Local

Mecklenburg is still growing — just not as fast as its SC neighbors, census data show

Timelapses show 50 years of development, change in Charlotte

A time lapse tour of Charlotte locations.
Up Next
A time lapse tour of Charlotte locations.

Although Mecklenburg County added more residents over the past year than any other county in the region, its neighbors grew at a much faster rate, newly released census data show.

In fact, six of eight nearby counties had a bigger growth rate than Mecklenburg between 2017 and 2018, according to estimates from the U.S. Census Bureau. Only Gaston and Catawba counties did not.

Two South Carolina counties — York and Lancaster — grew at a faster pace than any of the area’s North Carolina counties. Their 3 percent growth was double Mecklenburg’s rate of 1.5%.

As Charlotte expands at its edges, surrounding counties have seen a flurry of development to keep up with the movement outward. That sprawling growth has been a key topic for local leaders as they tackle the issues that come with it, like infrastructure, cost of living and transportation.

“(The growth) just underscores the need to think regionally,” said Chuck McShane, vice president of business analytics and data for the Charlotte Regional Business Alliance. “People aren’t necessarily going to consider political borders or county borders when they’re looking for a place to stay.”

While many of those moving just across the border to South Carolina are commuting into Charlotte for jobs, McShane said employment opportunities are increasing in the surrounding counties.

Multiple high-profile companies have relocated across the state line in recent years, driven by tax incentives and cheap land. Those companies include RoundPoint Mortgage Servicing Corp., LPL Financial and Movement Mortgage.

In all, the Charlotte region added 44,500 people from 2017-18. Mecklenburg added the most — about 16,500 during that time — and about 175,000 since 2010, an increase of around 19%. That brings the county’s total population to 1.09 million residents.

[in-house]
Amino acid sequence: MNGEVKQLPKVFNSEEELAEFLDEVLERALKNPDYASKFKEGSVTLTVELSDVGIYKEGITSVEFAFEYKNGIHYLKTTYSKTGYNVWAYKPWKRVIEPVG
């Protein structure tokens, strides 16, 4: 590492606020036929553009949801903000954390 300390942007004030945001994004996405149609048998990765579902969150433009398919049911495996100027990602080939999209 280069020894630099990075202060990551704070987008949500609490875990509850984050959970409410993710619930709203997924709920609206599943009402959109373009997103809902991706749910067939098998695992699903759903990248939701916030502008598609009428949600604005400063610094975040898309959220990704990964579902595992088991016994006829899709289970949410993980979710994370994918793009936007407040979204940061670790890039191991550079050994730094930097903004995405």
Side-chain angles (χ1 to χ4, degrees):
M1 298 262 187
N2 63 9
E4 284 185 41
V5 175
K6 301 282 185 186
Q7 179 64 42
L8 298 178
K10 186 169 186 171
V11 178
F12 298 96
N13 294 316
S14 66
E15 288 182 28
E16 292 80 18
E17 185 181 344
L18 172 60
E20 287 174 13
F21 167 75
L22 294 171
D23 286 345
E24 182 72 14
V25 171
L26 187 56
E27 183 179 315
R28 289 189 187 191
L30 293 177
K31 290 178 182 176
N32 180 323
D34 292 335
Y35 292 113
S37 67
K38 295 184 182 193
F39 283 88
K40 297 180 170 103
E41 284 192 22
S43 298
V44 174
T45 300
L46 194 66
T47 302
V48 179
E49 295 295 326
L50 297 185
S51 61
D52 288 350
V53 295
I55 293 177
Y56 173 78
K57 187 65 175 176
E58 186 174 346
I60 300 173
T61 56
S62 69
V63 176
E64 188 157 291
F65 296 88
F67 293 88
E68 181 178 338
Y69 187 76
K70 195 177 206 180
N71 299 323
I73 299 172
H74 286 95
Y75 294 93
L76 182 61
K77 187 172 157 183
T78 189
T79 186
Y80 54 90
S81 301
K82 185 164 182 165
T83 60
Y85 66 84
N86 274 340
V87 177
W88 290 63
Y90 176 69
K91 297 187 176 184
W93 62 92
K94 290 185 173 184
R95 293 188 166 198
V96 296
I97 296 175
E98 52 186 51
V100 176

Trade St. always a part of Charlotte's heart, but almost unrecognizable decade to decade.

Some other highlights from the data:

Brunswick County was the fastest growing county in the Carolinas and the fourth-fastest growing county in the nation. Brunswick, a coastal county that is home to Oak Island, saw its population increase 4.6 percent between 2017 and last year, to 136,750.

The fastest growing South Carolina county was Horry County, home to Myrtle Beach. Horry’s population increased 3.5 percent to 344,150.

Nearly one-third of the counties in the Carolinas saw their population decrease. Williamsburg County, S.C., had the biggest drop at 1.8 percent, from 2017-18. Williamsburg is north of Charleston.

North Carolina added 113,000 people from 2017-18. It’s population now sits at nearly 10.4 million.

South Carolina added 63,000, reaching 5.08 million.

Bob Coats, the Governor’s Census Bureau liason, said data that will be released later this year on the characteristics of the population — such as race, age and income — will help local governments plan for the challenges of population growth. And he said the upcoming 2020 census will play a critical role too.

“The data we’re getting today from the Census Bureau is very much the tip of the iceberg,” he said.

Danielle Chemtob covers economic growth and development for the Observer. She’s a 2018 graduate of the journalism school at UNC-Chapel Hill and a California transplant.
Gavin Off has been the Charlotte Observer’s data reporter since 2011. Previously, he worked as a data reporter at the Tulsa World and at Scripps Howard News Service in Washington, D.C.
  Comments